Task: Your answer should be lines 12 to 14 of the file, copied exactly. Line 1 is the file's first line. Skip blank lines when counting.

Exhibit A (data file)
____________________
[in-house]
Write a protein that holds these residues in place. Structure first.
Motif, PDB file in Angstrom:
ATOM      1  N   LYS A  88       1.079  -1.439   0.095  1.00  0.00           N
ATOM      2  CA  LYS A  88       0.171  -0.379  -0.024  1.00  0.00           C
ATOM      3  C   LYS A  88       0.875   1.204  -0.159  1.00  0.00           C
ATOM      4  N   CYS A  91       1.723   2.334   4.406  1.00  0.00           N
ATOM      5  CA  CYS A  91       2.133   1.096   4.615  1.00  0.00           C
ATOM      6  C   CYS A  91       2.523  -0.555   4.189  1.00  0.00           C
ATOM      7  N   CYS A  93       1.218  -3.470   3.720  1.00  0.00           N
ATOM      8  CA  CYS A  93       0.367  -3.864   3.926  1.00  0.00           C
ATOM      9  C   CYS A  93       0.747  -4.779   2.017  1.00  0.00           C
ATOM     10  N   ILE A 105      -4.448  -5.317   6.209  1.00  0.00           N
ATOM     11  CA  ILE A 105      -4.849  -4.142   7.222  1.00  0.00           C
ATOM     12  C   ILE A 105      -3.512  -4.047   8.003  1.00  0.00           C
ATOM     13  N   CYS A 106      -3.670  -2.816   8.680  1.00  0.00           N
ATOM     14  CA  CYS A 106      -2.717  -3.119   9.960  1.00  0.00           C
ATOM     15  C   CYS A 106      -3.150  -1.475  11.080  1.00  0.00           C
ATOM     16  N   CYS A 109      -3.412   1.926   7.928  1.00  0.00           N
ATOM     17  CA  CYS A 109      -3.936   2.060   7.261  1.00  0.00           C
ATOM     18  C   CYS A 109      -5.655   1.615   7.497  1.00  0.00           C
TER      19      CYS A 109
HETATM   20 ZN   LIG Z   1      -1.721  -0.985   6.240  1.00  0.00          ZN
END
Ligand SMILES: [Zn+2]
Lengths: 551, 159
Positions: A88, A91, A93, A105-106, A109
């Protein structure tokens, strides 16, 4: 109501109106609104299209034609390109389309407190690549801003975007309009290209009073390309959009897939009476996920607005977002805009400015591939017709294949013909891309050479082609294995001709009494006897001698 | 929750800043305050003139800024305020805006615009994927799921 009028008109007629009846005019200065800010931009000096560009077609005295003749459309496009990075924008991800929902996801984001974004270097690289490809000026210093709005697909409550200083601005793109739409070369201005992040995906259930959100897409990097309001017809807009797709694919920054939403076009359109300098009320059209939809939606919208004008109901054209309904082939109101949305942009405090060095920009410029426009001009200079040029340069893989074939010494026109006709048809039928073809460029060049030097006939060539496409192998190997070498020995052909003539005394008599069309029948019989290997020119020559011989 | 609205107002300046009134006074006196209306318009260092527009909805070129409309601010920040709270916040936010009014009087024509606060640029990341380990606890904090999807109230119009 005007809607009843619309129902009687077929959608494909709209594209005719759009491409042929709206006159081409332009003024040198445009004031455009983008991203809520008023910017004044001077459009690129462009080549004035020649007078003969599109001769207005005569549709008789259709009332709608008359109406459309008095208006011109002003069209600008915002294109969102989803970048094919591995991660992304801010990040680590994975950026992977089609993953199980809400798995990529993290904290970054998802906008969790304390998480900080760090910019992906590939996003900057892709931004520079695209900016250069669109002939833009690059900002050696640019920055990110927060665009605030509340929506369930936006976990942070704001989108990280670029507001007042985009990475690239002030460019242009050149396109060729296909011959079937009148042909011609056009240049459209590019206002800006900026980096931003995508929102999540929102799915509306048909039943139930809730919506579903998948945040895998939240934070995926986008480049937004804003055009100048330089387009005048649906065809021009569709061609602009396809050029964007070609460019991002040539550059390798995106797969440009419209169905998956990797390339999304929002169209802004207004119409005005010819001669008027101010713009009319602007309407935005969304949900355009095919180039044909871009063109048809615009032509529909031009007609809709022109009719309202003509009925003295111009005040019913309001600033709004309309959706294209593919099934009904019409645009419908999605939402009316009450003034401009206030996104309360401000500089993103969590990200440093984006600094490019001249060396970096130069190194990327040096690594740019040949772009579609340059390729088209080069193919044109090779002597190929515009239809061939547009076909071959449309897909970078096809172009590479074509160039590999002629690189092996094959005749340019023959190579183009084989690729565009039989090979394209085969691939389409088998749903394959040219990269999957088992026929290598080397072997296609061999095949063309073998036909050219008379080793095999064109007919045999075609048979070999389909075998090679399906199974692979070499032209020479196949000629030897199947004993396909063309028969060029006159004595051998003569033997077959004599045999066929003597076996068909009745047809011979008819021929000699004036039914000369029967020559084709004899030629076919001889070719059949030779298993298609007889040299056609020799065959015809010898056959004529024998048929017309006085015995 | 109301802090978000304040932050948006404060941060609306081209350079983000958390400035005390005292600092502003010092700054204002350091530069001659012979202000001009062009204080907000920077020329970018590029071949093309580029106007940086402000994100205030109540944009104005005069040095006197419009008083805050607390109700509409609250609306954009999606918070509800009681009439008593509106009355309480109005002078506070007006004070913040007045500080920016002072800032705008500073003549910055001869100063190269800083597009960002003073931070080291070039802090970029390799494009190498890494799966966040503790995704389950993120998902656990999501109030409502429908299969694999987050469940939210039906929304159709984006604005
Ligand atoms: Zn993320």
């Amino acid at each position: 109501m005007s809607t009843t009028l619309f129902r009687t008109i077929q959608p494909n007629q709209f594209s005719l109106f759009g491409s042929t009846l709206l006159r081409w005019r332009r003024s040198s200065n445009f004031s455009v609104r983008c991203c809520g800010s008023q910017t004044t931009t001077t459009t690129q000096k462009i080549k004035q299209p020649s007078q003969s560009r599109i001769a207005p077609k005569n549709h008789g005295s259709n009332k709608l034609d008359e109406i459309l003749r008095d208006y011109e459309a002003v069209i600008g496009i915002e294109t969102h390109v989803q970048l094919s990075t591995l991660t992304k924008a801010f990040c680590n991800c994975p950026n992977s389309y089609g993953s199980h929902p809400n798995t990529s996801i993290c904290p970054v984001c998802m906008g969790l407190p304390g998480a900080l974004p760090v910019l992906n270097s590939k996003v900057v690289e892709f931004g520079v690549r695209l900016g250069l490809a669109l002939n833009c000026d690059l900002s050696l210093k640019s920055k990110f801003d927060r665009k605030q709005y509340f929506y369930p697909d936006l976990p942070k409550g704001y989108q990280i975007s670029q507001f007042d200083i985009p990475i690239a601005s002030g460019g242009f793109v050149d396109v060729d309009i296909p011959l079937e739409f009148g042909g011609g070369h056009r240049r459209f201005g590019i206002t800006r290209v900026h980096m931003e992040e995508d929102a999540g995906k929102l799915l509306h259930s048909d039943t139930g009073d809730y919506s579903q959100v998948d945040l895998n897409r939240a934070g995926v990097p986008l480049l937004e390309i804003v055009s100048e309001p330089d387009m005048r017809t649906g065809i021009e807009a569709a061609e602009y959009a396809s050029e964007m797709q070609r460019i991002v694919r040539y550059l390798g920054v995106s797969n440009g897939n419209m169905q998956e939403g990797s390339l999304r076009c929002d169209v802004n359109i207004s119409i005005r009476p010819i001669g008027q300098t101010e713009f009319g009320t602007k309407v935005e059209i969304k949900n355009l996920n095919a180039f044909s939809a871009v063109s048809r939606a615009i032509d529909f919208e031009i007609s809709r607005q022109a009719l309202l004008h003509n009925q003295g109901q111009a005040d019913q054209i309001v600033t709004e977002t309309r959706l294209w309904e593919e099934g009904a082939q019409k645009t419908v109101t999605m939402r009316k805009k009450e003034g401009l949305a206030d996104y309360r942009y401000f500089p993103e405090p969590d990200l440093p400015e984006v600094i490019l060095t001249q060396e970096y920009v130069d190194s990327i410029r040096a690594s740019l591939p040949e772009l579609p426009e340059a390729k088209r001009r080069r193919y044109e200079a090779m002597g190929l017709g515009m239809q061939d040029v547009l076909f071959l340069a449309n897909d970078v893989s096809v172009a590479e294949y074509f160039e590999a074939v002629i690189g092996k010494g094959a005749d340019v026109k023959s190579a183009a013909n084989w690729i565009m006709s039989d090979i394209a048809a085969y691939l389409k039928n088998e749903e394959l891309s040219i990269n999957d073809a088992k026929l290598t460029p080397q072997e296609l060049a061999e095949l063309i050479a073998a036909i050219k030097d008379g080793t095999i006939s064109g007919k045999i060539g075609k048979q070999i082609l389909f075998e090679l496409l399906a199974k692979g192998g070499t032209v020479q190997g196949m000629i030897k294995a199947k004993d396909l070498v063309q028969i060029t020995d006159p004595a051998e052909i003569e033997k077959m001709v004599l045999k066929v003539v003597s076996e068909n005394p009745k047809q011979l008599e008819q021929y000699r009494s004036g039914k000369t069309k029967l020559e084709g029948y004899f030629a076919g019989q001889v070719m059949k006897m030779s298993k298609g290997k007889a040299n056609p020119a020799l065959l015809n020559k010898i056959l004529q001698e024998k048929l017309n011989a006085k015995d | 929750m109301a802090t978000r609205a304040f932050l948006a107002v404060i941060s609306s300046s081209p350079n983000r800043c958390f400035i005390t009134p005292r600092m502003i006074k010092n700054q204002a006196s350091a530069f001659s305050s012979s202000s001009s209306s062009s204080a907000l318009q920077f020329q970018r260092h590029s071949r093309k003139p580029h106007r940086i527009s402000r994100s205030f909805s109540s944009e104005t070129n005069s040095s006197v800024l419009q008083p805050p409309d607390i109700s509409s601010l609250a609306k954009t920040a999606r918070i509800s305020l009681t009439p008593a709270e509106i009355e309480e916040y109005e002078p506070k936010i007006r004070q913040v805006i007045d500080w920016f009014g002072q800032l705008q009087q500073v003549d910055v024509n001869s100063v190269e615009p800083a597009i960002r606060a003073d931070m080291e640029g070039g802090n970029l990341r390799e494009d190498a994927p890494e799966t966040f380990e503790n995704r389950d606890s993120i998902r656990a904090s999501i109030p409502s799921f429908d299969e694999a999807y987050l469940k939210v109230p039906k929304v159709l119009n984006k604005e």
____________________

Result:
ATOM      9  C   CYS A  93       0.747  -4.779   2.017  1.00  0.00           C
ATOM     10  N   ILE A 105      -4.448  -5.317   6.209  1.00  0.00           N
ATOM     11  CA  ILE A 105      -4.849  -4.142   7.222  1.00  0.00           C